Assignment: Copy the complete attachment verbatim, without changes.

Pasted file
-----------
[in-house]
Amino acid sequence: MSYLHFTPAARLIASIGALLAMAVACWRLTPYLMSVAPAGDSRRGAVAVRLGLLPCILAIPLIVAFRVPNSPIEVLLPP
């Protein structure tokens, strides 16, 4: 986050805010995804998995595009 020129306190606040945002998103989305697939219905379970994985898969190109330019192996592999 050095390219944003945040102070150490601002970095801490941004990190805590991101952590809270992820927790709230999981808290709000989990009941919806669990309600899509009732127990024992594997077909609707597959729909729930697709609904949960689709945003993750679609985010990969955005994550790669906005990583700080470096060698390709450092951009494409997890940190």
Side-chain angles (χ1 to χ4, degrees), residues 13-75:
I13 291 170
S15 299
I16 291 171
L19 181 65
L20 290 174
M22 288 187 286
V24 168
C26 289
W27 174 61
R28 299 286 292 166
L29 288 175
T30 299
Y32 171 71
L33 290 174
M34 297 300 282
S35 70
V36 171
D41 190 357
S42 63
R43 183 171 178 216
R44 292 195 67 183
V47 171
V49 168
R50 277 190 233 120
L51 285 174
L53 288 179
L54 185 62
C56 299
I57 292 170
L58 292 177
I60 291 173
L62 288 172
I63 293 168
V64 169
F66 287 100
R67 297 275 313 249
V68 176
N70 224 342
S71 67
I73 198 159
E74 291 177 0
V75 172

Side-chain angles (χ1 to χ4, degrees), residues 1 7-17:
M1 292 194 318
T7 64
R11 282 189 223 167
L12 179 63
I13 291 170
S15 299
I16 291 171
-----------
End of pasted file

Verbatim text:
[in-house]
Amino acid sequence: MSYLHFTPAARLIASIGALLAMAVACWRLTPYLMSVAPAGDSRRGAVAVRLGLLPCILAIPLIVAFRVPNSPIEVLLPP
């Protein structure tokens, strides 16, 4: 986050805010995804998995595009 020129306190606040945002998103989305697939219905379970994985898969190109330019192996592999 050095390219944003945040102070150490601002970095801490941004990190805590991101952590809270992820927790709230999981808290709000989990009941919806669990309600899509009732127990024992594997077909609707597959729909729930697709609904949960689709945003993750679609985010990969955005994550790669906005990583700080470096060698390709450092951009494409997890940190």
Side-chain angles (χ1 to χ4, degrees), residues 13-75:
I13 291 170
S15 299
I16 291 171
L19 181 65
L20 290 174
M22 288 187 286
V24 168
C26 289
W27 174 61
R28 299 286 292 166
L29 288 175
T30 299
Y32 171 71
L33 290 174
M34 297 300 282
S35 70
V36 171
D41 190 357
S42 63
R43 183 171 178 216
R44 292 195 67 183
V47 171
V49 168
R50 277 190 233 120
L51 285 174
L53 288 179
L54 185 62
C56 299
I57 292 170
L58 292 177
I60 291 173
L62 288 172
I63 293 168
V64 169
F66 287 100
R67 297 275 313 249
V68 176
N70 224 342
S71 67
I73 198 159
E74 291 177 0
V75 172

Side-chain angles (χ1 to χ4, degrees), residues 1 7-17:
M1 292 194 318
T7 64
R11 282 189 223 167
L12 179 63
I13 291 170
S15 299
I16 291 171